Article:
"It's shameful that the UDF party wants to take us back to the dark days,"

Mr Gwanda Chakuamba (2003)

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Wednesday, June 25, 2008

Civil servants should learn to earn their pay

BY The Daily Times

14:13:13 - 24 June 2008

Once upon a time civil servants moved about the
streets with their shoulders stooping so low. They were one of the
least paid workers in this country. However, this is not the case any
more. Some civil servants can proudly say they are one of the best paid
people in the land. The trappings that go along with the positions they
hold in the public service are far much better than those of their
counterparts in the private sector.

However, the high remuneration of some civil servants is beset by lack of discipline and sheer laziness by some of them.

While employees in the private sector sweat to earn their pay and
promotion on the job, their counterparts in the civil service make
their pay by fulfilling virtually none of the abovementioned. Some
civil servants can afford to globetrot, and attend one workshop after
another, while their genuine work piles up at their offices.

Some civil servants arrive at work way beyond 7:30 am and knock off at
any time they wish without fear of any reprisals. And some cheeky ones
are now more of business people than civil servants as they can afford
to go to South Africa, Tanzania, Dubai or any other country to get
various things which they sell back home. All this is done during
working time and are paid for doing personal businesses using taxpayers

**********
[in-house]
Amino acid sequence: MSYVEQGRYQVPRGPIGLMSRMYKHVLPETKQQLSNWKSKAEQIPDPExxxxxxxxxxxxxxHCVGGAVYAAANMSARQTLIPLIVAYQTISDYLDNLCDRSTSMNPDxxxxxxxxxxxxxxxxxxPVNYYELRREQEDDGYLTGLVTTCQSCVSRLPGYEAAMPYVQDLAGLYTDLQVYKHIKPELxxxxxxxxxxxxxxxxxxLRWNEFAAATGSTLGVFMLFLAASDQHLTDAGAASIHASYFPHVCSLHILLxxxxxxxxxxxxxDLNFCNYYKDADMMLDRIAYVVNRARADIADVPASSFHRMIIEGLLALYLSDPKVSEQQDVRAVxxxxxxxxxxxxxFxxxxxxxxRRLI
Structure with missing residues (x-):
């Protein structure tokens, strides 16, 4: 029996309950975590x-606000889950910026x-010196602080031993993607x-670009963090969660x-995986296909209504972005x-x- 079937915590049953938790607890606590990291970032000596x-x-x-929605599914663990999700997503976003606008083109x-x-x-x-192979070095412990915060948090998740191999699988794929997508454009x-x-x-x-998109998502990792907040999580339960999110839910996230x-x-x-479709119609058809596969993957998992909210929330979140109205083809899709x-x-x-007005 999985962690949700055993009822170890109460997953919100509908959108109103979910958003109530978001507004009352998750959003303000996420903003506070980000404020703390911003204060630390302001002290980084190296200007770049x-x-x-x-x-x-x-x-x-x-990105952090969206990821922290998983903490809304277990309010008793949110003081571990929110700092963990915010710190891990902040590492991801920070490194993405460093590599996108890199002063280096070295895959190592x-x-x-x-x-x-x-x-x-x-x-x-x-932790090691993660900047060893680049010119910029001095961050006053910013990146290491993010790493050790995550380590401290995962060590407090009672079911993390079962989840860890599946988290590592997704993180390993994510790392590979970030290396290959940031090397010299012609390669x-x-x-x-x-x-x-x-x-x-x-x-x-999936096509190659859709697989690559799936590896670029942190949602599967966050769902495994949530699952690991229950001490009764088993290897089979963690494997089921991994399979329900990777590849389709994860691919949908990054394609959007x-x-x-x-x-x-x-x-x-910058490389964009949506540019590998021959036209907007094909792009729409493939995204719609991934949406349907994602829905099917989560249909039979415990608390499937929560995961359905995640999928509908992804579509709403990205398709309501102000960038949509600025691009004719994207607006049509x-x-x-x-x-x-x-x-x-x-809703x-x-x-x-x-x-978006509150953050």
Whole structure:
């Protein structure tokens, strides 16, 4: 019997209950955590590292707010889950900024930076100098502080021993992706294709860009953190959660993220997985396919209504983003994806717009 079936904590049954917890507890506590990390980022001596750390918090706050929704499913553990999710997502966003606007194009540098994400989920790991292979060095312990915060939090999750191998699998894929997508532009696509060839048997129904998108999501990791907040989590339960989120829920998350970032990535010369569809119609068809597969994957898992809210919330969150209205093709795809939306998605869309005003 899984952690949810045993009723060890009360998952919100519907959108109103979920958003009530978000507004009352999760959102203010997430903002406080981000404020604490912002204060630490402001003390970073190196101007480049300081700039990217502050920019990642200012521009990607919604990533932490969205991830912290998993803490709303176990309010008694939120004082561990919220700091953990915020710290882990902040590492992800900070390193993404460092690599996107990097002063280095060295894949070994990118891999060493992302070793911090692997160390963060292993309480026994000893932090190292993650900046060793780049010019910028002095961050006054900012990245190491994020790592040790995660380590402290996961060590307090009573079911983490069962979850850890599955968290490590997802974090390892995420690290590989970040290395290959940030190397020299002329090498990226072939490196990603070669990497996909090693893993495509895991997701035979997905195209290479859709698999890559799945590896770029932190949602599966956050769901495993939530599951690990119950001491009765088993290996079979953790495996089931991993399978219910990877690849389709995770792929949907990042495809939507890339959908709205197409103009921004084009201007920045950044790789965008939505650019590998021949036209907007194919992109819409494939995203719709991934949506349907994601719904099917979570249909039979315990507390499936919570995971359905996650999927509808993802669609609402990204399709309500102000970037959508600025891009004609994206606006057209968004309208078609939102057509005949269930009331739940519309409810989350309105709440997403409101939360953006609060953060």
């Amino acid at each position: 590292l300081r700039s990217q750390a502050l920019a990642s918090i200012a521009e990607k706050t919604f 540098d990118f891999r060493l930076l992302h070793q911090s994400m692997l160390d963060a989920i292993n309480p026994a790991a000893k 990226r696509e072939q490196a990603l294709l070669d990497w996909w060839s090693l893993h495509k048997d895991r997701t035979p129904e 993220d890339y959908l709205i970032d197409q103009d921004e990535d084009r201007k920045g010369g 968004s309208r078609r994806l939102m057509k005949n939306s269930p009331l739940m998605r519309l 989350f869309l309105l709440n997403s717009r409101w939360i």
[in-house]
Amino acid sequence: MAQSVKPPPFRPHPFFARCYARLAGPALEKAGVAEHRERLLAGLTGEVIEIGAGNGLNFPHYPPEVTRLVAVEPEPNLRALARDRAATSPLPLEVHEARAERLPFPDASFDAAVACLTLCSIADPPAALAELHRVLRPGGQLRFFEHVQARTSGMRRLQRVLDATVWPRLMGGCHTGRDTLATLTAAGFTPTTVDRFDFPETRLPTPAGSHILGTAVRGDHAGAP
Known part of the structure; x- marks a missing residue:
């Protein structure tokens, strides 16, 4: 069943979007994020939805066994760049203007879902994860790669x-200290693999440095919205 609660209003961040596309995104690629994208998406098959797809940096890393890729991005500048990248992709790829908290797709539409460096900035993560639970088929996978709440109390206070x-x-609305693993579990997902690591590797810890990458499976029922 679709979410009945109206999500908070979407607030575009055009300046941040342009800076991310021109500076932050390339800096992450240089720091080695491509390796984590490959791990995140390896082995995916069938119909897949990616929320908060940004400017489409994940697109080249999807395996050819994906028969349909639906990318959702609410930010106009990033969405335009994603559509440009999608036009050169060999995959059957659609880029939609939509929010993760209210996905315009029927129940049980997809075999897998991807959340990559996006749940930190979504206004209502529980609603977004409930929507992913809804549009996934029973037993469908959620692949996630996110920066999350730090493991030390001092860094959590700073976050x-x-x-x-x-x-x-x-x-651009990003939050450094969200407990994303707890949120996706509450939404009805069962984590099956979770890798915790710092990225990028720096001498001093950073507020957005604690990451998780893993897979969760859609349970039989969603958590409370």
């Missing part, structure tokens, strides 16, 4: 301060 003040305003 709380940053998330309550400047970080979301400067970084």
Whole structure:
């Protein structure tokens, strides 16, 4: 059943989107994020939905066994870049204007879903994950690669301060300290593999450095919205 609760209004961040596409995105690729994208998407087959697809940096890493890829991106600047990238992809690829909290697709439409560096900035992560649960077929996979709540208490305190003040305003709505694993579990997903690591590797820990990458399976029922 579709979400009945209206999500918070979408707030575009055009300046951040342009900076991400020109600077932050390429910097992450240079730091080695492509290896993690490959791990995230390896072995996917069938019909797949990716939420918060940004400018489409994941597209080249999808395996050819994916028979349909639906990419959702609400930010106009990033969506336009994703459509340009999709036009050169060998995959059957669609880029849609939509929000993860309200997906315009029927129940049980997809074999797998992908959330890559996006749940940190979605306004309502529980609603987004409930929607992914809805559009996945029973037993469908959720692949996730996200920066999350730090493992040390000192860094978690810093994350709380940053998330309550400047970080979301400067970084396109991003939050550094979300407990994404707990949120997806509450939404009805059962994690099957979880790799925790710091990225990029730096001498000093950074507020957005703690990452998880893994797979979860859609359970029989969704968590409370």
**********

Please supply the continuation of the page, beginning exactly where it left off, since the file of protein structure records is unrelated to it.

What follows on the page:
These civil servants, who are notorious for lazing off and treating
work as a pastime activity, argue that it is a culture not to work hard
in the civil service. Such wasteful civil servants hide behind their
efficient and effective colleagues whose hard work goes unnoticed by
the masters who award promotions.

And yet there is nobody and no system at all to track and discipline
these wayward civil servants. It beats us that sometimes such people
earn a promotion.

Surely, this culture of laziness and lack of dedication to work in the
civil service can not be allowed to go on. It is one of the factors why
our country has not progressed the way it should have been despite
years of independence. The civil service is a pivotal catalyst for
development as it provides various services for the private sector.

We are, therefore, pleased to learn from President Bingu wa Mutharika,
who heads the civil service, that government is not watching this evil

We applaud the move to introduce a comprehensive Public Service
Performance Management System that will measure the performance of
individual public servants and that of ministries or departments. We
hope this time the President means business because we do not think
last time he asked ministers to give him monthly reports he was serious
as that was never sustained.

Indeed, it is high time the civil service was very efficient in service
delivery, so that the country develops fast, to catch with the growing
population and the dynamic globalised world.

It is our wish that implementation of the various civil service reforms
should be done speedily. This country, more than ever before, needs a
vibrant civil service, and coupled with a lively private sector, it can
progress quickly towards its dream of becoming a middle class economy.

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